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Corning already talking expansion as it dedicates Newton optical cable plant

Corning already talking expansion as it dedicates Newton optical cable plant

2 February 2018, 08:43
Tags: Corning

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“We may need another one of these things,” he told about 75 people participating in the ceremony Friday morning. Kinlin is executive vice president of Corning Inc. (NYSE: GLW) and is based in Hickory.

As consumers demand faster and faster downloads on their mobile devices, the market for optical fiber encased in cable is growing tremendously. For Corning, the demand comes from data center operators and major telecom and television carriers who need the cable for boosting bandwidth, Kinlin says.

In February, Corning announced 410 new jobs for two Charlotte-area plants: the Newton plant and its optical fiber plant in Cabarrus County. Total cost of the expansions was $176 million at the two facilities.

Corning plans to spend a total of $250 million to build its optical fiber and cable to meet that same demand, says John Igel, vice president and general manager or Corning Optical Fiber and Cable.

In Newton, Corning bought a former General Dynamics plant on Prodelin Drive for the new optical cable facility. Eventually, the plant will employ 200 workers.

The Midland plant, located on U.S. Highway 601 in Cabarrus County, opened in the late 1990s during the optical fiber boom and quickly grew to employ 900. A crisis in worldwide overproduction of optical fiber forced the plant to trim to 200 employees in the early 2000s.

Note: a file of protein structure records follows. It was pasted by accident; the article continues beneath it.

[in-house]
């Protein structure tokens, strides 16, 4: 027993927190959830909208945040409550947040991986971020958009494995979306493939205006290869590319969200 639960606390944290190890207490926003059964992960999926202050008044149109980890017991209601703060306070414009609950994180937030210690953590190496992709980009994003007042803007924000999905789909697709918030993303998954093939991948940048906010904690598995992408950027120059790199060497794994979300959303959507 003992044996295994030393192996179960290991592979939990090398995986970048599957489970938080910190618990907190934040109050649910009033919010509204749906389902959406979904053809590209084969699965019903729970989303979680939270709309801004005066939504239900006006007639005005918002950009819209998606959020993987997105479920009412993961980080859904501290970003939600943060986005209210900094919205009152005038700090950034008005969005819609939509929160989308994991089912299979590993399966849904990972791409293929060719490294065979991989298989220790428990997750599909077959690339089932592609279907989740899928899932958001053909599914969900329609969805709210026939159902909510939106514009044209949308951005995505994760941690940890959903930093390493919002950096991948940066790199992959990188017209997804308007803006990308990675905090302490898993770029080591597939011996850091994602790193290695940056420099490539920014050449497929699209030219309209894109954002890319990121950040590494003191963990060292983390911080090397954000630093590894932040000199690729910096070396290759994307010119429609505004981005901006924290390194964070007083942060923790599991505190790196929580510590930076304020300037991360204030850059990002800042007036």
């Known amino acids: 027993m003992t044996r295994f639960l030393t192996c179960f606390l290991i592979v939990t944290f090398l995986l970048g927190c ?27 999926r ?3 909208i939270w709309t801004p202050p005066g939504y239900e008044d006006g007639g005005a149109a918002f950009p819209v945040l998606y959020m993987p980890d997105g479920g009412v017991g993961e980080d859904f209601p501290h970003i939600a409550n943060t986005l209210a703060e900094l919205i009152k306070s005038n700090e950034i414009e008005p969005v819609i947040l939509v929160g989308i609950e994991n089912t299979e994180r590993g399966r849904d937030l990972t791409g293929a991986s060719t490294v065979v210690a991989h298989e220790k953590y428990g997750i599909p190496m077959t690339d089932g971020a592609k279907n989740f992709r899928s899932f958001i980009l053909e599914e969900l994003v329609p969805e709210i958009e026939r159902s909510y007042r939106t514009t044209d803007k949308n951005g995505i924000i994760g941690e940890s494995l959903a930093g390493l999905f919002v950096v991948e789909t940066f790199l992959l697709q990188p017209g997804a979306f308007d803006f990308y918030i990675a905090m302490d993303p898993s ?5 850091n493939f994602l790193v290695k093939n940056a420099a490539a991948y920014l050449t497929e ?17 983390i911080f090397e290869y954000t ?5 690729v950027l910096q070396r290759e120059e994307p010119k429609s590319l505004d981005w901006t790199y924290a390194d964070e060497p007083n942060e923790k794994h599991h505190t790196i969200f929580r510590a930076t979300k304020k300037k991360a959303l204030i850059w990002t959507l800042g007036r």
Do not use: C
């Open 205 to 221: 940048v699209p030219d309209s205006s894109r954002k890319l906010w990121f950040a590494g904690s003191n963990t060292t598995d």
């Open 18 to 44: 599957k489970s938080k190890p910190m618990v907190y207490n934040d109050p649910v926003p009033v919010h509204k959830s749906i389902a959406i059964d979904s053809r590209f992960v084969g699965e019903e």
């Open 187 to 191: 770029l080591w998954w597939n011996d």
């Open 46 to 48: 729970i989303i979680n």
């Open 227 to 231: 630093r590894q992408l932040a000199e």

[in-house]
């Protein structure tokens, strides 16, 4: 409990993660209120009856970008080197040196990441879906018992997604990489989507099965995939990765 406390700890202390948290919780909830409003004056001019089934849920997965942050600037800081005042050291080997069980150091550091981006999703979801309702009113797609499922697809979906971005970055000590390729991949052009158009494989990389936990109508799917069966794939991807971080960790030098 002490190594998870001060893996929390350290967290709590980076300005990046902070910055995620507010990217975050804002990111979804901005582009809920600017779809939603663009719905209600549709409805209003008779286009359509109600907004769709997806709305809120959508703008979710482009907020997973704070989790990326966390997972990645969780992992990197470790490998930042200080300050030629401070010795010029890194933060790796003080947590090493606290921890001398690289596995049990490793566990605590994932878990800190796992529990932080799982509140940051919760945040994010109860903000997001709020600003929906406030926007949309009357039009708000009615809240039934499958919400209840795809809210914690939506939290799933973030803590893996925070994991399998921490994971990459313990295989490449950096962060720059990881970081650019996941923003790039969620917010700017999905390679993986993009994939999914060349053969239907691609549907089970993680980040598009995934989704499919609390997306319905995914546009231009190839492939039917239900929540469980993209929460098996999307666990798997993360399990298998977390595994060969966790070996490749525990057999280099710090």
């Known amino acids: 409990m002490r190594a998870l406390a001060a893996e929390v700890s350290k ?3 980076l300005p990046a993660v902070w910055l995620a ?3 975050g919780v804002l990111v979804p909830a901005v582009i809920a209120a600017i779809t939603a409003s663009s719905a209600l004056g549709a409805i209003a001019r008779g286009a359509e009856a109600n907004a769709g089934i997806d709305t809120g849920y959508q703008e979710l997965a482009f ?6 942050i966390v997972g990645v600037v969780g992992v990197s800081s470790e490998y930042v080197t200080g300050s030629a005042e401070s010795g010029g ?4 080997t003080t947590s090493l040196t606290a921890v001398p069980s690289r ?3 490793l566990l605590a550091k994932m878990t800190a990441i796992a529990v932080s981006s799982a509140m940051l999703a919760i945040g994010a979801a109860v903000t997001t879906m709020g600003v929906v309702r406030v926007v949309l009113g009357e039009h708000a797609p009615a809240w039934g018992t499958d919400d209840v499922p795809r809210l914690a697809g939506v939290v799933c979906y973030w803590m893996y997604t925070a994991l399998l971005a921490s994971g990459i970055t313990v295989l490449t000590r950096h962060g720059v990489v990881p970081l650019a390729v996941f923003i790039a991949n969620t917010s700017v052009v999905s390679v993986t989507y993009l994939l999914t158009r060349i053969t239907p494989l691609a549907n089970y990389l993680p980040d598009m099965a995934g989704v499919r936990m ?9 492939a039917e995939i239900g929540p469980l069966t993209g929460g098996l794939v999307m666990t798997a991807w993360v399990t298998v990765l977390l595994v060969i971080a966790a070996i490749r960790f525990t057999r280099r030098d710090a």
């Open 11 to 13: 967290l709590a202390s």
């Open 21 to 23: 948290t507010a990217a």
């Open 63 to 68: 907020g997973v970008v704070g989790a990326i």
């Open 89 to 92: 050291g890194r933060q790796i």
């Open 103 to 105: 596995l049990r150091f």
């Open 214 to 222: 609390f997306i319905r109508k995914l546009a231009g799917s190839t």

That Midland plant now supplies optical fiber to the new Newton plant. There, it’s bundled inside the cables and rolled on large spools for transport to customers.

The Hickory headquarters for Corning’s optical fiber and cable business will relocate to northwest Mecklenburg to be a component of Riverbend Village, a mixed-use development under construction at an Interstate 485 interchange. There, the $38 million Corning division will employ 650.

Randy Isenhower, chairman of the Catawba Board of County Commissioners, says the Hickory area is glad to have the production jobs.

“Corning and Catawba County have a strong heritage in manufacturing,” he says. There another cable plant in Hickory in addition to the Corning cable facility in Winston-Salem.

Isenhower says Corning has been a good corporate citizen in the Hickory area. Corning contributed to the K64 initiative in Catawba County, which is working to ensure that local schools are preparing students for work in local industry.

All told, Corning has 4,000 employees in North Carolina.

Kinlin confirmed that other states in the Southeast tried to lure Corning away with generous incentives when the company weighed where to make more optical fiber and cable. Instead, Corning wanted to add more capacity near its current plants.

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